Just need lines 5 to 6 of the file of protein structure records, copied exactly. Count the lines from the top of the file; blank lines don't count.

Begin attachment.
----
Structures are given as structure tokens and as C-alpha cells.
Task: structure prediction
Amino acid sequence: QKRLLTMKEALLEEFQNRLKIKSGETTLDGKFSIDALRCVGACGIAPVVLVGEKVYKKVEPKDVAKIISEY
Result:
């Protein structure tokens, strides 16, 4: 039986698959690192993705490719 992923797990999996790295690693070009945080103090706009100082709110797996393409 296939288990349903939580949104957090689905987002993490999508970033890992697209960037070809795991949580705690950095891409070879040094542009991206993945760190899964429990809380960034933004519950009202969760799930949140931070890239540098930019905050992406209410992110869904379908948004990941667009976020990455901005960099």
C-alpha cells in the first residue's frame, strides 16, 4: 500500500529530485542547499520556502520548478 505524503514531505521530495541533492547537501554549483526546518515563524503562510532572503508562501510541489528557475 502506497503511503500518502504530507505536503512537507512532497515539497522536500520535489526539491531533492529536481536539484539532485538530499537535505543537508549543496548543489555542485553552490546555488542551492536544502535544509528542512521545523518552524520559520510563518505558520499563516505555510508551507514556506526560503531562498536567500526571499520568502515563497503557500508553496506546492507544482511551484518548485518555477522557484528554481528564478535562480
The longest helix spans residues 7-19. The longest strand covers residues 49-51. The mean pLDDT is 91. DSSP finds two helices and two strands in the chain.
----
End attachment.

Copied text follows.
């Protein structure tokens, strides 16, 4: 039986698959690192993705490719 992923797990999996790295690693070009945080103090706009100082709110797996393409 296939288990349903939580949104957090689905987002993490999508970033890992697209960037070809795991949580705690950095891409070879040094542009991206993945760190899964429990809380960034933004519950009202969760799930949140931070890239540098930019905050992406209410992110869904379908948004990941667009976020990455901005960099």
C-alpha cells in the first residue's frame, strides 16, 4: 500500500529530485542547499520556502520548478 505524503514531505521530495541533492547537501554549483526546518515563524503562510532572503508562501510541489528557475 502506497503511503500518502504530507505536503512537507512532497515539497522536500520535489526539491531533492529536481536539484539532485538530499537535505543537508549543496548543489555542485553552490546555488542551492536544502535544509528542512521545523518552524520559520510563518505558520499563516505555510508551507514556506526560503531562498536567500526571499520568502515563497503557500508553496506546492507544482511551484518548485518555477522557484528554481528564478535562480